LONDON (AP) — The conviction of Pfc. Bradley Manning shows that journalists must fight to keep their sources safe, WikiLeaks founder Julian Assange said Tuesday, urging other media organizations to follow his group's lead in advocating aggressively on leakers' behalf.
In an interview with reporters in London following Manning's conviction on espionage and other charges, Assange said it's incumbent on every journalistic organization to stand shoulder-to-shoulder with their sources against government efforts to prosecute leakers.
"It is an obligation on all journalists to protect their sources — technically if possible — and provide some legal and political support," he said. "It's an obligation of all journalistic organizations to hold the line."
Assange spoke to reporters from the Ecuadorean Embassy, where he has been holed up for more than a year to escape extradition to Sweden on sex crimes allegations.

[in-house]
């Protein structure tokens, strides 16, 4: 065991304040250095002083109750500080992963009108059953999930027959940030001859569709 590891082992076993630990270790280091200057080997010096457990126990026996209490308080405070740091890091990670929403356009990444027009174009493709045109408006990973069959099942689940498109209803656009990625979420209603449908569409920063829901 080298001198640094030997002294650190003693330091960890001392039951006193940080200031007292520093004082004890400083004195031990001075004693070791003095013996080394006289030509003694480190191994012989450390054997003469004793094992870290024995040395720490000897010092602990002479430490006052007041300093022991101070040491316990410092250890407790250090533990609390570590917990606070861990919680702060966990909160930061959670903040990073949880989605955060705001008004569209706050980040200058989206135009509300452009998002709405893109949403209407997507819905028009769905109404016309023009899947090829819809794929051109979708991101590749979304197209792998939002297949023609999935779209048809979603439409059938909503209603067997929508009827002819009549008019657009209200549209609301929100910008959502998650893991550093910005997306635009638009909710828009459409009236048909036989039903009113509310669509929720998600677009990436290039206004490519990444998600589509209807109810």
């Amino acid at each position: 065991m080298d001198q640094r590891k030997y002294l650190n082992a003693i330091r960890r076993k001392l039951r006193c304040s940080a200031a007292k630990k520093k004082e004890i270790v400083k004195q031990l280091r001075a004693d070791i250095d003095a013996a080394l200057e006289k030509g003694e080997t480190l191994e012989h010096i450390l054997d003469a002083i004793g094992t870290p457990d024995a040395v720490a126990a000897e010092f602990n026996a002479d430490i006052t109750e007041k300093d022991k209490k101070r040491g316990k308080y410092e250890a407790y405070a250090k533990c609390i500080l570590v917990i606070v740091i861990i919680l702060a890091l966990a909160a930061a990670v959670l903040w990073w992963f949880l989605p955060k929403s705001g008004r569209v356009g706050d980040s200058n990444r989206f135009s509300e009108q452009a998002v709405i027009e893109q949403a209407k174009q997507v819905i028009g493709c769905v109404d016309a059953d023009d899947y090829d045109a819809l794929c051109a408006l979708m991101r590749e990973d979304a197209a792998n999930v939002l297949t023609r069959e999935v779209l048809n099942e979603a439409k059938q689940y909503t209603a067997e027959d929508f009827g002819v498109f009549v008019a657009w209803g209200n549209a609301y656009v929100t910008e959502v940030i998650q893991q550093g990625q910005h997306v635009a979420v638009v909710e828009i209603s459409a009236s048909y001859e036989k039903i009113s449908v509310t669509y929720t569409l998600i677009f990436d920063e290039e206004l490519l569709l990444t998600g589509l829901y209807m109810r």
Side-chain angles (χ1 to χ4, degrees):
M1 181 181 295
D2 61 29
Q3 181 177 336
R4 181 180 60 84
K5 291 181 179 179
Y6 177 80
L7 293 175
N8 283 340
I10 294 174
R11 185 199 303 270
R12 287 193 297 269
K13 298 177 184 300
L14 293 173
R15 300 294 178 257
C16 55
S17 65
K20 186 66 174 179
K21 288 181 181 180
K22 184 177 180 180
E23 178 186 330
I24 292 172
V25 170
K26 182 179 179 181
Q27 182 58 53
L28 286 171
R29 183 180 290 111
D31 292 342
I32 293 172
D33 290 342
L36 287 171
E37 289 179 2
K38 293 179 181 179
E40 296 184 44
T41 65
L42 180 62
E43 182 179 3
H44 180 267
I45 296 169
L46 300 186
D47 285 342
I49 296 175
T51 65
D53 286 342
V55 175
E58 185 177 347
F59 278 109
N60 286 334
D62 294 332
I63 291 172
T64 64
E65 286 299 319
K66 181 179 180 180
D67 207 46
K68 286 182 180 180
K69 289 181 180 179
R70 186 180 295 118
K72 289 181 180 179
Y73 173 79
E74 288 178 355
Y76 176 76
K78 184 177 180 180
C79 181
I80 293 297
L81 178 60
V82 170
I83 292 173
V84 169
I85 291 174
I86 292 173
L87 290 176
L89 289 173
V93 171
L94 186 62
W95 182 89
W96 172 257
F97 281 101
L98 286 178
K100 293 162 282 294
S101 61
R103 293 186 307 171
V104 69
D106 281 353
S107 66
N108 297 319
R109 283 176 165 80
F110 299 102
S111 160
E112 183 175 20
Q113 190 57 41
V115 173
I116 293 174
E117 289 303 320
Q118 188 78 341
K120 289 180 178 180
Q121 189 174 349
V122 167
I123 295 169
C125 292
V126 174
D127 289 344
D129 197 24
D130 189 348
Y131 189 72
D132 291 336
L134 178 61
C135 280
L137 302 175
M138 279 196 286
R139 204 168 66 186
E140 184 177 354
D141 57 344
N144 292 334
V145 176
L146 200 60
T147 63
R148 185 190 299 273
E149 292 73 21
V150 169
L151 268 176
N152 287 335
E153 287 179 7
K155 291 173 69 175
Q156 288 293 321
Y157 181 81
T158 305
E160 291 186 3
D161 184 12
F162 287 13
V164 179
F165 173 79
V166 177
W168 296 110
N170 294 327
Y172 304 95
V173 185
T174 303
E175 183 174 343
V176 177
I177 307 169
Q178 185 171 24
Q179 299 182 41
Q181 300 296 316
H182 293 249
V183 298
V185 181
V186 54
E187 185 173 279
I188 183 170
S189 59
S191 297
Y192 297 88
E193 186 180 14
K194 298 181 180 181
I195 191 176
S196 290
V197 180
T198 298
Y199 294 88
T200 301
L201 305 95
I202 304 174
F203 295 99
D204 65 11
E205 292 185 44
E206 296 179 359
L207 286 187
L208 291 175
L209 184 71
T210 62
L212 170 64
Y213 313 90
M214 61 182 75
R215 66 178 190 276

Striking a somber tone in a dark suit and tie, the 42-year-old WikiLeaks founder condemned the verdict handed down Tuesday, but his organization had long been resigned to the Army private's conviction, arguing that the military justice system was stacked against him from the start.
Assange said he took no comfort from Manning's acquittal on the most serious charge — aiding the enemy — saying it was a "red herring" intended to distract from his conviction on nearly every other charge, including counts of espionage, theft and computer fraud.
"It can never be that supplying true information to the public is espionage," Assange insisted, describing the conviction as a hideous precedent that would spell the "end of national security journalism in the United States."
Manning is facing up to 136 years in prison, with his sentencing set to begin Wednesday.
He was convicted on 19 of 21 charges, and he previously pleaded guilty to a charge involving an Icelandic cable. The charge of aiding the enemy had carried a potential life sentence.